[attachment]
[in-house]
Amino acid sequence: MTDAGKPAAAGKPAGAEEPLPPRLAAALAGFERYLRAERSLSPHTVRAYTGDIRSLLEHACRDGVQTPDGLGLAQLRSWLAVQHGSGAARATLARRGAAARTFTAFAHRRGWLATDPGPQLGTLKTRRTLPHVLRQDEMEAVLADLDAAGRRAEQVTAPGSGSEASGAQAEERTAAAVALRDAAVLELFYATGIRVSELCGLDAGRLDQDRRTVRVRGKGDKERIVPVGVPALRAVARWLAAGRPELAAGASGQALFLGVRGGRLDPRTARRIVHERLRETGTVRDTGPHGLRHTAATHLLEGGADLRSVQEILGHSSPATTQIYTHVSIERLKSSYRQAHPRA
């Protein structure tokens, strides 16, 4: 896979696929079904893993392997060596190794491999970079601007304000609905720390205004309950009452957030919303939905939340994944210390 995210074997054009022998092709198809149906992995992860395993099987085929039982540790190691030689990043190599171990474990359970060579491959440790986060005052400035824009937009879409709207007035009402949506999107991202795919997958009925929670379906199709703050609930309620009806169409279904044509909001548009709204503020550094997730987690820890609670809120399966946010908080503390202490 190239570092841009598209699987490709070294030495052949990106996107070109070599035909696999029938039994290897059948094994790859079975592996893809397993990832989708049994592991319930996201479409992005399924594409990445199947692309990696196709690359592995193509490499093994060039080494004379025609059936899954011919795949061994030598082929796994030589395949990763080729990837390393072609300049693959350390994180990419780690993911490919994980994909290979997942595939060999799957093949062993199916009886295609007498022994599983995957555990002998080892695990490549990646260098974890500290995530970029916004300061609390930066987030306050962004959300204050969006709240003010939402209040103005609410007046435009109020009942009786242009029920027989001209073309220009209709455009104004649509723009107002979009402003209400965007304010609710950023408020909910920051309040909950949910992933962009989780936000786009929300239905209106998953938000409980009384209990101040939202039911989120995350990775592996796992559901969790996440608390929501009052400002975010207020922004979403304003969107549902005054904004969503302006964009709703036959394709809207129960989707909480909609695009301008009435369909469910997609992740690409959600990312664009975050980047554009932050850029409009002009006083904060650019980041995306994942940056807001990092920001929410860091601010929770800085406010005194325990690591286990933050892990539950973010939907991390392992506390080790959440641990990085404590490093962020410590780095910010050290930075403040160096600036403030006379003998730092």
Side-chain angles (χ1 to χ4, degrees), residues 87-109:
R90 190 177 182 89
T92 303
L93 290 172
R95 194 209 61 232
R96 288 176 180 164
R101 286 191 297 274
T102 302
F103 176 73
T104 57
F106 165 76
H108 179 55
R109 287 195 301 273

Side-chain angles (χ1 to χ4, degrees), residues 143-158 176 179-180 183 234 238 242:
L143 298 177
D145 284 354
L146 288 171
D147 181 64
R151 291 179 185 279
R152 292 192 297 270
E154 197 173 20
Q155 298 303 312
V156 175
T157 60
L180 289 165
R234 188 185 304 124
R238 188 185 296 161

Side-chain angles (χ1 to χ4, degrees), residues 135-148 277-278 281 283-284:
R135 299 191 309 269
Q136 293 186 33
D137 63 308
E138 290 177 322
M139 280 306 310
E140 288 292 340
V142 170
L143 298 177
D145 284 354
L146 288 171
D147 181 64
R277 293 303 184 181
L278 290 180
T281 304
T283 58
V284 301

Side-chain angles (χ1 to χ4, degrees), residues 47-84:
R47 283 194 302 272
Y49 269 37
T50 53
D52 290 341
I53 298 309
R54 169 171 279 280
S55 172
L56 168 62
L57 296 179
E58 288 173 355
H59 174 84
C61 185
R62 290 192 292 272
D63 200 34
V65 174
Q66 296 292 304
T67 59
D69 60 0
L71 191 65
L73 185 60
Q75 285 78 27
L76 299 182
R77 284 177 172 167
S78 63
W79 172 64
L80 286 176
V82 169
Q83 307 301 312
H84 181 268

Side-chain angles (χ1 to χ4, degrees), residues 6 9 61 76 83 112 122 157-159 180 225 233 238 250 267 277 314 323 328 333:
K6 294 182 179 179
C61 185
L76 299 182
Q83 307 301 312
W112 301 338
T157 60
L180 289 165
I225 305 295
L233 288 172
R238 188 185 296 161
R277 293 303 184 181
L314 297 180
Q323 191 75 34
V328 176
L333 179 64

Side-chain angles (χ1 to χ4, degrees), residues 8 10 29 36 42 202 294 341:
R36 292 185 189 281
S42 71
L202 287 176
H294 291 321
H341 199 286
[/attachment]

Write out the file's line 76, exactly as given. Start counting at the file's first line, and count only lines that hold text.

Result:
Q83 307 301 312